She’s always wanted a baby and she figured by the age of 32 she’d be married with three kids. She’s now considering that her vision might not be in the cards for her.
My response moved through my fingers as if someone else had taken over:
I never wanted this. I never expected it. I was trying to survive my whole life, I wasn’t thinking of one day when I’d grow up and get married and have kids with a white picket fence. I thought I’d be dead by the time I was 17. When I made it to 18 I figured I’d better start creating something.
I think it comes easier for me to fill up on amazing things because I never had any preconceived notion of how or that they would come in the first place. I never tainted all of the avenues in which they could come by being so attached to how it looked that I shut down other possibilities. I knew how I wanted to feel, and I kept feeling…that.
I often say that I’d never let my love (for one person) stand in the way of my lifestyle. I’d always choose feeling “happy” over feeling “love” if the love was madness. This notion actually adds to the extent of which I’m capable of loving because it’s free love, it is a choice. I want to be there.
So often I see people choosing “love” over “happiness” as if they’re stuck in love. They are often the same people that fall in love but have trouble staying in love.
Clients come in with a story that’s already embedded in every one of their neuro-pathways that “this is how a relationship should be” or “this is what is true about relationships” or “I’m in this relationship but can’t accept this, this, and this, about it.”
To my demise and benefit, I didn’t have examples of the kind of relationship that I would want, so I never got stuck on needing to have one. I never had childhood day dreams of growing up and being a mother, or wearing a wedding dress. I never considered what kind of work I would do or where I would go.
What I’m proposing is a bit like the monkey trap. Monkeys are captured in India through a bottle that is big enough to fit their hand in and out of, with a banana placed inside. The monkey is so consumed by having the goods inside of the bottle that before a capturer comes to throw a bag over its head, the monkey does not release the banana even though he’s terrified he’s about to get captured. The hole is large enough for the monkey’s hand, but not large enough for his hand and the banana together. The monkey gives up his life for the sake of hanging on to this stupid banana when if he’d just let go, he’d be free.
That banana is emblematic of the projections I see so many people hanging onto about what their life “should” look like.
“My relationship should look like this so I’m failing to enjoy the relationships I’m in”.
“I should have kids by this time so I’m using my energy to be envious.”
“I should have a nicer home by now, so I can’t stand to come to my own sanctuary every day.”
The list is endless—and it’s all just bananas.
That monkey could go into the wilderness and get a better banana, for free, maybe even with enough to go around, but he can’t let go of his attachment to getting this one banana. Beyond the attachment to the banana itself, he can’t let go of what he needs to do to get the banana he wants.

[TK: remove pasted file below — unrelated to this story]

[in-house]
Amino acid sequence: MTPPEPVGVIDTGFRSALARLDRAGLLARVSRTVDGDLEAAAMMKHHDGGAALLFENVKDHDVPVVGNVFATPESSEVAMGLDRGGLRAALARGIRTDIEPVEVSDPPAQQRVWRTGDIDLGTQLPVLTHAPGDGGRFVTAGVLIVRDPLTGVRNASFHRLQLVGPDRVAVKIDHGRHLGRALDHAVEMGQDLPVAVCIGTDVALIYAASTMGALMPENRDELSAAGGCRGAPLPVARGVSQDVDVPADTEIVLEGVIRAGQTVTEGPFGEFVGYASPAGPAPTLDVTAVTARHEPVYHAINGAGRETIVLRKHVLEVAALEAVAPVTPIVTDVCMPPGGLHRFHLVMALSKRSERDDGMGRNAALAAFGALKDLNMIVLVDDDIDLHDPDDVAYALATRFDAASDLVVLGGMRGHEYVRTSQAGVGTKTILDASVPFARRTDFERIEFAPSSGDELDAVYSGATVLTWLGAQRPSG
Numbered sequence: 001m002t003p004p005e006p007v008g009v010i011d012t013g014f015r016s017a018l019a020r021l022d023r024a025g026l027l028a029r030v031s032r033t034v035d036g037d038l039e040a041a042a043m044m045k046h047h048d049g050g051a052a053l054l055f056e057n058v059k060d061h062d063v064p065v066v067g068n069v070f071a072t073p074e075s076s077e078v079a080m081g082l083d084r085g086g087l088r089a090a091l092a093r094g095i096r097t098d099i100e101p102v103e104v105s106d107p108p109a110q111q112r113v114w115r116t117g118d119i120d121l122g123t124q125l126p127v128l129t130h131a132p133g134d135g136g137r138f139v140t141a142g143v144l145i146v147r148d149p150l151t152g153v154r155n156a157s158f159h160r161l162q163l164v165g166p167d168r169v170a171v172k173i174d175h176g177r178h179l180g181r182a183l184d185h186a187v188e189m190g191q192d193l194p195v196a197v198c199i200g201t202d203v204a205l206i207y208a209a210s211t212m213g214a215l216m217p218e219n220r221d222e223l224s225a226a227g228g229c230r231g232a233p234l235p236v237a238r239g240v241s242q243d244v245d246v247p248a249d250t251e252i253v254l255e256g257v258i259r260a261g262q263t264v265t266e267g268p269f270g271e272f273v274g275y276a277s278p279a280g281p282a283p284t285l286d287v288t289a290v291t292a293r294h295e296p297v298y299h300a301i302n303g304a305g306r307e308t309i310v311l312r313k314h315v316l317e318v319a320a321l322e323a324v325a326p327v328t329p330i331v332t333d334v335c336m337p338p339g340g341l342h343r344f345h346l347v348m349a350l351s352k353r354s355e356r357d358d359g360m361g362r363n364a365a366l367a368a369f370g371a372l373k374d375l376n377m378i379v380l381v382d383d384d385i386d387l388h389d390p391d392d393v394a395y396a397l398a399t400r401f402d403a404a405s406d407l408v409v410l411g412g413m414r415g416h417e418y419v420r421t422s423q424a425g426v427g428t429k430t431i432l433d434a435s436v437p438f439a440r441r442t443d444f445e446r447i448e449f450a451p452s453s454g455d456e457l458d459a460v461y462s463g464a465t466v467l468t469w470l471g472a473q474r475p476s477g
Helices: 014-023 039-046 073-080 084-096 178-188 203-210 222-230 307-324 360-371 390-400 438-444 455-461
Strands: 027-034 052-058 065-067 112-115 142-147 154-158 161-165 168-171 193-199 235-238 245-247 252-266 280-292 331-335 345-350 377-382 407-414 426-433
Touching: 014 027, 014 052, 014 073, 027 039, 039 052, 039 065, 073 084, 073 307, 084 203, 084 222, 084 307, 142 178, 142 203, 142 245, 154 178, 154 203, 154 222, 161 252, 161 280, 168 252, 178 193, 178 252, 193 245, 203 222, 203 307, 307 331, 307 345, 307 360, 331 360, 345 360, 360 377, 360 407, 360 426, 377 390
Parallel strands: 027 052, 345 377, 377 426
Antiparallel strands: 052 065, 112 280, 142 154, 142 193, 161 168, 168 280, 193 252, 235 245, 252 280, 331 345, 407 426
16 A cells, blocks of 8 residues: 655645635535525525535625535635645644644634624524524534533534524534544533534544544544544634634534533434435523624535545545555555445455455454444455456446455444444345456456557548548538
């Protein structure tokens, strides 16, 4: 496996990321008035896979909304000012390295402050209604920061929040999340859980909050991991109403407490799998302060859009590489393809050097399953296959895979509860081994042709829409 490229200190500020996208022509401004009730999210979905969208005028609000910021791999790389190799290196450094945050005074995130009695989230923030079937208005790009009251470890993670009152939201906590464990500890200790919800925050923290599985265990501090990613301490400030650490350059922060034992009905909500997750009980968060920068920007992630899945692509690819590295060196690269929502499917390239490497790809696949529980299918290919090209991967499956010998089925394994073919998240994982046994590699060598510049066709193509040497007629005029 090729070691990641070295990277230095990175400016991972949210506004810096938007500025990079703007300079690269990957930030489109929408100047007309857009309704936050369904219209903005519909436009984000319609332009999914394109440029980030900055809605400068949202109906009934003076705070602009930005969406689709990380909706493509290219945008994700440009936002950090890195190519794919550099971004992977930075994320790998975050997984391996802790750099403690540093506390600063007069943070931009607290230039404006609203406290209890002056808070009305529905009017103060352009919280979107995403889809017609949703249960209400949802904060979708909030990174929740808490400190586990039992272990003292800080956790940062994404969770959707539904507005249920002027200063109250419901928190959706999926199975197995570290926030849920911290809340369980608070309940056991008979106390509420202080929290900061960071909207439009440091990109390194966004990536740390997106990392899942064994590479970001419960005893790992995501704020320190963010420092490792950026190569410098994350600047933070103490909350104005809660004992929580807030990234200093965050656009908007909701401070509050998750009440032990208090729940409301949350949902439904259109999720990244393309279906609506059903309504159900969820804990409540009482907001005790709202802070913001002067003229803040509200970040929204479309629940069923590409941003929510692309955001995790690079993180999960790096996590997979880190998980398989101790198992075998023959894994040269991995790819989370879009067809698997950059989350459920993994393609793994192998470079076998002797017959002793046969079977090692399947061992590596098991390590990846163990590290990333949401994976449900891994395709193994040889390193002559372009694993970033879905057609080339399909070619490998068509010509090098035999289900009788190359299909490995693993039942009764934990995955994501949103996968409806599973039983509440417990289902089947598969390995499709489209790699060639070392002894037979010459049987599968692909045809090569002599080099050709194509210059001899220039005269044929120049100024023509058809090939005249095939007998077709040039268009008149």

My bananas were somewhere in a vast wilderness, scary as anything, but free from mental captivity of “this is how you get bananas” and “this is the banana I have to have,” so much that I’d give up my essence to obtain it.
Partnerships and motherhood came easy to me, simply because I could take it or leave it. If it came, I’d find a way to see it as a blessing. If it didn’t, I’d find a way to see it as a blessing. If it left, I’d find a way to see it as a blessing.
I never wanted it enough to give up on it completely after a disappointment, and I never completely wanted it enough to give up my true essence for it.
I focused on how I wanted to feel and swung to a different tree if I didn’t feel 100% like myself. In the process of not sitting in the branches hoping for the tree to change or grow me more bananas, of not tainting my life experience with being stuck in the same tree when I could’ve roamed free, or having my hand stuck in someone else’s trap for what my life should feel like, I found a whole forrest with my name written all over it. Here, the bananas are endless.
People miss this part: they miss the thing they’re really wanting. The monkey might want the banana because he’s hungry or because he’s bored. The banana is just a symbol for what he really wants. Food or a toy to play with.
If I wanted a relationship, I found ways to be in an intimate relationship with everyone I knew. I became radically honest and crazy authentic. If I wanted kids, I’d go teach someone else’s kids if I didn’t already have them. If I wanted a better house, I’d say everyday how grateful I am for the one I’ve already got.
I’m not confused about what I want. What I want is to quench my thirst for life. Not having the glass I want to drink it out of isn’t going to stop me from cupping my hands and drinking it from a raging river.
A friend once stuck out her open hand in a cupped position and said, “If I poured water into my hand, how would I keep it?” I stared. She replied, “If I closed my hand to keep the water, it would all slip through my finger tips. The only way I can keep it, is by keeping it open.”
I remained open to how things would come and how things would go. This way of being has led me to places I’d never dare to dream of, inside of myself and inside of my life.
Let go of your bananas.
Drink whatever water tastes good no matter what container it comes in.
It all comes.
This, I promise.
Bonus: To be happy, think of others first. To be unhappy, think only of oneself: